Album Review: Propagandhi - Victory Lap

Written by Maddy Howell

With a career spanning over 30 years, Winnipeg political-punk pioneers Propagandhi have become well accustomed to changing and maturing their sound. Since the accessible, infectious pop-punk hooks of their early work, the quartet have been continually pushing the boundaries in their output, proving more and more unpredictable upon each release. 2017 marks the release of the band’s seventh studio album, 'Victory Lap', and yet another opportunity for them to showcase just how far their sound can go.

With political unrest spread across the globe and fascism, sexism, racism and homophobia all pushed to the forefront of issues that are demanding conversation, it was only a matter of time before a Propagandhi record surfaced. Opening on title track, Victory Lap, the band’s latest musical re-invention becomes immediately clear, taking their sound in the most trash metal direction we’ve seen from them thus far.

Throughout 'Victory Lap', Propagandhi begin to one-by-one take a stand against the hateful ideologies Donald Trump is looking to push in his agenda. The topic of sexism is tackled on Tartuffle, with frontman Chris Hannah feverishly announcing: “We came here to rock // all single moms to the front // deadbeat dads to the rear,” over a rollicking guitar riff and thrashing percussion. The theme switches to animal cruelty on the jaunty Lower Order (A Good Laugh), before Comply/Resist addresses the maltreatment of Indigenous peoples of Canada, and the constant hypocrisy and discriminate affairs brought upon them.

Propagandhi have always been at their best when they effectively manage to blend topics of personal struggle with their political commentary. Nigredo is the quintessential example, with an overwhelming darkness looming over the grief-ridden track. Reflecting on the loss of bassist Todd Kowalski’s father, the themes leak out into a wider context of current affairs, acting as a disconsolate reflection as to where we find ourselves now.

Something that proves notable about 'Victory Lap' is its constant change in pace and style, never quite sticking on its path for more than a few minutes. Although this level of irregularity edges the album on being a little too disjointed and jumpy, it also ensures things never play out too long, with new ideas introduced as soon as the old begin to tire. The trash metal influence echoes loud and clear on In Flagrante Delicto, with Lower Order and Failed Imagineer switching to push the chugging guitars synonymous with Propagandhi’s sound, before Letters To A Young Anus offers a sound beautifully reminiscent of 1993’s 'How To Clean Everything'.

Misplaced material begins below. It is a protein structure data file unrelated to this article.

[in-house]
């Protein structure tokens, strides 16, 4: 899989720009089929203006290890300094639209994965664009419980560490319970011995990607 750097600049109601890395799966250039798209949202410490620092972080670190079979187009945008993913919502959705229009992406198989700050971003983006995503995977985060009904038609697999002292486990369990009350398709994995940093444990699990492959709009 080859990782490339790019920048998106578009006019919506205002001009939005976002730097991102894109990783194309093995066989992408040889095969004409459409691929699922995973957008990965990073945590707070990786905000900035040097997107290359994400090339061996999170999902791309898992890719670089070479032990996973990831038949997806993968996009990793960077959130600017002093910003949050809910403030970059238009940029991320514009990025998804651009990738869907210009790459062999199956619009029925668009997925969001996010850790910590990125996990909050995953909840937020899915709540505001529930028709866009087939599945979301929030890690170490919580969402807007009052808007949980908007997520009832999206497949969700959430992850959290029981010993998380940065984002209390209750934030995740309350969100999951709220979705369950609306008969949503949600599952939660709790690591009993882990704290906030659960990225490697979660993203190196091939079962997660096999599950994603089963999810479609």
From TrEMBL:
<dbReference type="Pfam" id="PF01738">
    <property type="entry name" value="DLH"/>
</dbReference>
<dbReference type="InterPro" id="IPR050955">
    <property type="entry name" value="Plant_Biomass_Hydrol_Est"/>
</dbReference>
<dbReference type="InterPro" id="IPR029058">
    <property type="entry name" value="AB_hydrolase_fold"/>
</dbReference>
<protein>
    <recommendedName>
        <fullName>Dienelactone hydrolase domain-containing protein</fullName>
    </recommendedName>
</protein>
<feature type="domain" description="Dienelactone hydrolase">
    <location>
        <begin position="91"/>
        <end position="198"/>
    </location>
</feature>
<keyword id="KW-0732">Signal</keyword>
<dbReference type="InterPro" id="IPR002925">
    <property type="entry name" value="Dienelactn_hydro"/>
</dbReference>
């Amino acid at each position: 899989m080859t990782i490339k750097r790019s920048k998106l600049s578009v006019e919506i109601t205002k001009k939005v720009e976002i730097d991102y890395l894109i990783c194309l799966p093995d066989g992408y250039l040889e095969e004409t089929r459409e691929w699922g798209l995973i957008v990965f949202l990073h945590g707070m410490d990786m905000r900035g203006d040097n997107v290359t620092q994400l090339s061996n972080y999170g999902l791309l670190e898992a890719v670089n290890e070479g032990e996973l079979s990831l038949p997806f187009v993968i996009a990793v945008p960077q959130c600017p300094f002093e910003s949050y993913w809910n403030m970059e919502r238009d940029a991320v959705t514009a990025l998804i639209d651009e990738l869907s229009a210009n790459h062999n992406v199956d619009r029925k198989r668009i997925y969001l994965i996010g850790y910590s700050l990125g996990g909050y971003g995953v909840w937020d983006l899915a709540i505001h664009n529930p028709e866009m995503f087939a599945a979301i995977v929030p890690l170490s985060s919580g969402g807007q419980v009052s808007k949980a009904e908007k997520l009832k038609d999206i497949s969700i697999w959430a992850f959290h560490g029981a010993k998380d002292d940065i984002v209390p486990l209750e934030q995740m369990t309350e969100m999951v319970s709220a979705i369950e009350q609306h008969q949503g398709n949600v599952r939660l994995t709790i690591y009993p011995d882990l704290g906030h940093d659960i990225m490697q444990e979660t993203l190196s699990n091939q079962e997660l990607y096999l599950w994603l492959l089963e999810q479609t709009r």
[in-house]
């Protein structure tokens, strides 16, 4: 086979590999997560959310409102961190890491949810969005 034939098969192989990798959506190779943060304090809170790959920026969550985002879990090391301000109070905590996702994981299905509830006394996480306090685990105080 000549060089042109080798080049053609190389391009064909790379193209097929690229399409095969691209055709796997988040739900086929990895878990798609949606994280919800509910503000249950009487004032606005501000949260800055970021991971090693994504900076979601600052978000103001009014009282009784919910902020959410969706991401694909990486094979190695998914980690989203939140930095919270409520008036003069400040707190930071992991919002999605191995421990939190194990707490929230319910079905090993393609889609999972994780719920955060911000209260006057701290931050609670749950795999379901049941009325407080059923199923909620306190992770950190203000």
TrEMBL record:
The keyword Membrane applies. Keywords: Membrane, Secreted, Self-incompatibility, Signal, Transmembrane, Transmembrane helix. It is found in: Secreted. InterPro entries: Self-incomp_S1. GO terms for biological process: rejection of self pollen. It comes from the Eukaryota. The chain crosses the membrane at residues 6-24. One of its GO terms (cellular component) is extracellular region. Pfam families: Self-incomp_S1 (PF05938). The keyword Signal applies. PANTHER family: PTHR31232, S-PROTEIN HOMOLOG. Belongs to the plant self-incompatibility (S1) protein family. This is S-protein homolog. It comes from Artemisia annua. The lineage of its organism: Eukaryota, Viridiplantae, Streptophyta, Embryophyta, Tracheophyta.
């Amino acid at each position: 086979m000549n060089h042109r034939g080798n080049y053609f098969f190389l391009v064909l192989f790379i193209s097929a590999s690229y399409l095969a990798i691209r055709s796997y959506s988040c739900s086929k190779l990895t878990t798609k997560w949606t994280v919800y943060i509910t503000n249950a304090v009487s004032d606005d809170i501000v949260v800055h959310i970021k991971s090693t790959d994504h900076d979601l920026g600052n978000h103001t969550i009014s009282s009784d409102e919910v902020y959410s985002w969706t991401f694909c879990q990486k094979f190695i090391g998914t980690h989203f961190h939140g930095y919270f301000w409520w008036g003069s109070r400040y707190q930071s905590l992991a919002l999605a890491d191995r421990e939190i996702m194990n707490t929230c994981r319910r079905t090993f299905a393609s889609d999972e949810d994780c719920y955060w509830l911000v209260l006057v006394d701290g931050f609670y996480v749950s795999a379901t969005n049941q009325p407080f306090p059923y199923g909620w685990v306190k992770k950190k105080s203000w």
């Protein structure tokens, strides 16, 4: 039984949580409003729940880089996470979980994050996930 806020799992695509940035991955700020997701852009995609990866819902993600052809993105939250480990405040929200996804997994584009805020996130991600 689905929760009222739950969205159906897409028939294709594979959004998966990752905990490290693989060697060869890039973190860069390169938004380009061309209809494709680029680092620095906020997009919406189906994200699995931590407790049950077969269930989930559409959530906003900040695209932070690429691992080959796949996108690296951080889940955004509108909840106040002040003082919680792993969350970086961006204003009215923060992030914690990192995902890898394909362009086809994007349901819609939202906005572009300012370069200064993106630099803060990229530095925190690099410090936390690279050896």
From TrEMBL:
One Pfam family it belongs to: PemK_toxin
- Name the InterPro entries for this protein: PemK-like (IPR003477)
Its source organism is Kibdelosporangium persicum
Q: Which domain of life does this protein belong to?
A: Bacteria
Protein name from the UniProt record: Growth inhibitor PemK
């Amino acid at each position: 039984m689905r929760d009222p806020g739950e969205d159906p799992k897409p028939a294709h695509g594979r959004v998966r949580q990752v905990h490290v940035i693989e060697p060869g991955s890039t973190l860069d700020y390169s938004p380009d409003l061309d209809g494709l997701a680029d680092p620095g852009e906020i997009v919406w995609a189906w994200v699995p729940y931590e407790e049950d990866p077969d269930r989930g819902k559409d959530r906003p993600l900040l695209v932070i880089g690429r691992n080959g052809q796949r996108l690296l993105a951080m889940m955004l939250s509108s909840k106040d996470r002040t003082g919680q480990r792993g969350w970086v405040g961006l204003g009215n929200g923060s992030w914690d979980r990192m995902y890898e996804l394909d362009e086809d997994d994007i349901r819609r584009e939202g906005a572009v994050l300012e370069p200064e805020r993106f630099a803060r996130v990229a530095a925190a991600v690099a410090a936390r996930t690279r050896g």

It’s in its variety and ability to cover all grounds that this album truly proves it’s worth. 'Victory Lap' is a band angry at the world around them, pining for change yet accepting the difficulty in getting there. There’s a sadness in their anger, and a hope that future generations are spared the pain of today – a sentiment that many can share.

This idea becomes evident on album closer, Adventures in Zoochosis, concluding proceedings on a poignantly reflective note. Opening with the sounds of children’s laughter, the track is soon splintered with notable phrases spoken by President Trump, tainting the innocent sonance with words of spite and animosity. The track blossoms into a heart-wrenching tale of breaking out of the cages we situate ourselves in, and refusing to let our children amount to the same fate as us, ending on a harrowing observation about the world we are living in.

Although times are tough and it can become harder and harder to see a light at the end, 'Victory Lap' is a much-needed reminder that we can face these storms together. Whilst continually able to craft intriguing and innovative ideas musically, it’s Propagandhi’s ability to push their message in an engagingly inclusive and passionately desperate manner that enables them to remain at the forefront of their scene.